Usually when you write a blog post, you start with a dramatic headline, then you open with a funny story and slowly unfold your main point, finally revealing the aforementioned drama that headline promised. If you’re a parent though, you’re too busy for those shenanigans, so let’s get right to the point.
The #1 lie parents believe about social media is that that they have to be as tech savvy as their kids.
Why is that a lie? Because you will NEVER be as tech savvy as your kids.
How do I know? Well, I used an iPhone for the first time when I was 30. My daughter used an iPhone for the first time when she was 4. If someone started learning karate when they were 30, and someone started learning it when they were 4, in the long run, who do you think is going to be better?
I started my first blog more than 10 years ago. I spend 50 percent of my week working on social media and writing about trends. I help coach individuals and businesses about using social media. And every time I speak to a group of high school students at a youth group event, I learn something completely new about technology from them.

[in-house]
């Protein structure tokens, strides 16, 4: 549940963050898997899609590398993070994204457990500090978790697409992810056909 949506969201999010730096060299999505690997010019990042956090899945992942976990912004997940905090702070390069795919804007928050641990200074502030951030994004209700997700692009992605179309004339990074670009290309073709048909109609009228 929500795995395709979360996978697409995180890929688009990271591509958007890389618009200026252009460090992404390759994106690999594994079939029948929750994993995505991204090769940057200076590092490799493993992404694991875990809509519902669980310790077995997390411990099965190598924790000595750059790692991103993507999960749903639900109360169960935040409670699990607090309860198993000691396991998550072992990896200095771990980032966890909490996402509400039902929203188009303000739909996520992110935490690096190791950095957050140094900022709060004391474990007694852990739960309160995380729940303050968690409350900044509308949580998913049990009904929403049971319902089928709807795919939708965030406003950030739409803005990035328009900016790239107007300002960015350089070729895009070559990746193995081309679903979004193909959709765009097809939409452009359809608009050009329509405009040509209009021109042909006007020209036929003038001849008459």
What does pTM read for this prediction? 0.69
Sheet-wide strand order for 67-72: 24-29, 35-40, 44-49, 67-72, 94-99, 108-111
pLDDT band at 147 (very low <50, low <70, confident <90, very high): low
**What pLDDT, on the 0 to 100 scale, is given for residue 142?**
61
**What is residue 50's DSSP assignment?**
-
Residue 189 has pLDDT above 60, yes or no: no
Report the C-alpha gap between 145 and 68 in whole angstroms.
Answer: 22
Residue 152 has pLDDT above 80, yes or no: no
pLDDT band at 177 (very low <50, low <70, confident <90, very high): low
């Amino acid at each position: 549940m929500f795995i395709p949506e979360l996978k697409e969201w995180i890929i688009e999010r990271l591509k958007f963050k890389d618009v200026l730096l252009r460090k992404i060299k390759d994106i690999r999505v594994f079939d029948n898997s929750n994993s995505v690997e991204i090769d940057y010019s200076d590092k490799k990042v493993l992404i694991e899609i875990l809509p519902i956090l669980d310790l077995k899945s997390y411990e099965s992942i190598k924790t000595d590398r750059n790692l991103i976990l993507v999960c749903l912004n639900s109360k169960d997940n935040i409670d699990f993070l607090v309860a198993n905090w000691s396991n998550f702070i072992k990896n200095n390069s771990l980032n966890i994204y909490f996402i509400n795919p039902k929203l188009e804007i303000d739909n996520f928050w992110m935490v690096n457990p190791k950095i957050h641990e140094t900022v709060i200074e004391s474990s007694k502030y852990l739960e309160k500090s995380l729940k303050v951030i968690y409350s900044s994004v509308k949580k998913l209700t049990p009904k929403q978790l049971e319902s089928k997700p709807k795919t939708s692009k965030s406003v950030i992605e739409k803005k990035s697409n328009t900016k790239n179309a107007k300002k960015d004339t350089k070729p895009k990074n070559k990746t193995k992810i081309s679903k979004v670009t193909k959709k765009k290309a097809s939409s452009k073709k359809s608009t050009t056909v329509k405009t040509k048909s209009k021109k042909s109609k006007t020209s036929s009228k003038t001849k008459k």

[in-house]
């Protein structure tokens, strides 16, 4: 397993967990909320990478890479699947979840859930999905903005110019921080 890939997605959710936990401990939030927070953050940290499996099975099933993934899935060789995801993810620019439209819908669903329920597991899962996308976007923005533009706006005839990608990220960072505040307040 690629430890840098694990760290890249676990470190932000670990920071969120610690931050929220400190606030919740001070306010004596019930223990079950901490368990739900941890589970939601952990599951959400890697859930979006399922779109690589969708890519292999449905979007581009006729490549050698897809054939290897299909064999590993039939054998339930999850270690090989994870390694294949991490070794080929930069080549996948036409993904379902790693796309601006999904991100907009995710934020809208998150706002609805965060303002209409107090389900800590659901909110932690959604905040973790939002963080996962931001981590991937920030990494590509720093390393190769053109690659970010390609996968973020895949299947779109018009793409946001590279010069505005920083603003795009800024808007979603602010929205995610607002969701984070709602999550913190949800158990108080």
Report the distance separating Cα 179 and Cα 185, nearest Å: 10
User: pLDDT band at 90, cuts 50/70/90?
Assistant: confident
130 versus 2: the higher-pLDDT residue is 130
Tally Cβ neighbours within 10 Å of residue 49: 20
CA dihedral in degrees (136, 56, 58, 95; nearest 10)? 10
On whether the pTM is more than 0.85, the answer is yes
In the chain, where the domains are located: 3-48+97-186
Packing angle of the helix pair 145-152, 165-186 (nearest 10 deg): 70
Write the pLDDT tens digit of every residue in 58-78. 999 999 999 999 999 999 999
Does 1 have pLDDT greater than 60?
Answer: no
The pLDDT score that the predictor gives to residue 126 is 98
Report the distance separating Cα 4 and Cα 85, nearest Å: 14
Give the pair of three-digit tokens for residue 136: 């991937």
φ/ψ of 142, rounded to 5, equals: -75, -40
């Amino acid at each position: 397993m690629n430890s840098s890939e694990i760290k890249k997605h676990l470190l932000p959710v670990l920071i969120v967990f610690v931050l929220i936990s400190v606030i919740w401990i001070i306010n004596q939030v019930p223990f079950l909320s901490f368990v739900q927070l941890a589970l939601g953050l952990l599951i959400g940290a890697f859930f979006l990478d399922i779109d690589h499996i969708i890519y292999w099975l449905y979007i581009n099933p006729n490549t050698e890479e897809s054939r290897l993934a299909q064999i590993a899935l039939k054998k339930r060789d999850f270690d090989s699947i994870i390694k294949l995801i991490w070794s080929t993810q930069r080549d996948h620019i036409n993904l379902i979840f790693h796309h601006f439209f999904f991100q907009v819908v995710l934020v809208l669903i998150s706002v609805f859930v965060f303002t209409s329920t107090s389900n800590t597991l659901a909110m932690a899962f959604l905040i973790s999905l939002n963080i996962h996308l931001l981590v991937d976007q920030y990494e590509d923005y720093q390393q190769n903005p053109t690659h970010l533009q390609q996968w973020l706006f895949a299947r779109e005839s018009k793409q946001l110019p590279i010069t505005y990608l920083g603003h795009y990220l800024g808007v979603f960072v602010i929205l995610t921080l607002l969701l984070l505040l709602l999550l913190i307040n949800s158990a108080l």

Every day, it’s wired into every part of their lives. At school, at home, at play, they are connected to a constant stream of technology. Seeing that, we fear they are about to leave us in the dust. We feel like we are failing because we don’t know how to use Snapchat or even understand if Tinder is something we should be worried about. Overwhelmed and exhausted, we do what we usually do when we feel like a failure in a certain part of life—we avoid it.
Most parents I know tried to keep up with their kids, realized they couldn’t be experts at the entire Internet, and just threw in the white flag of surrender. They won’t even enter the conversation because they feel so far behind the digital eight ball. Out of fear and frustration, we all become virtual ostriches with our heads in the sand.
What’s the solution to this dilemma?
Focus more on truth than technology.
Instead of trying to keep up with ever changing trends, hold on to never changing truths.
For example, treating other people the way you’d want to be treated.
That’s a core truth of the Acuff house. (We invented that one by the way, you’d probably never heard it before. We call it the “Rule of Golden.”)
That rule applies to any new technology that comes out. Facebook, Twitter, Instagram . . . When my kids eventually use these, that’s one of the truths I’ll teach them to bring to the technology. That will impact the photos they share, the tweets they send, and what they write on each other’s walls.
Years from now, when the technology they’re using has changed and they’re creating scent-based holograms, the truth will still be the truth.
You will never be as tech savvy as your kids, but that’s okay.
Be the leader of truth in your house, that’s far more important.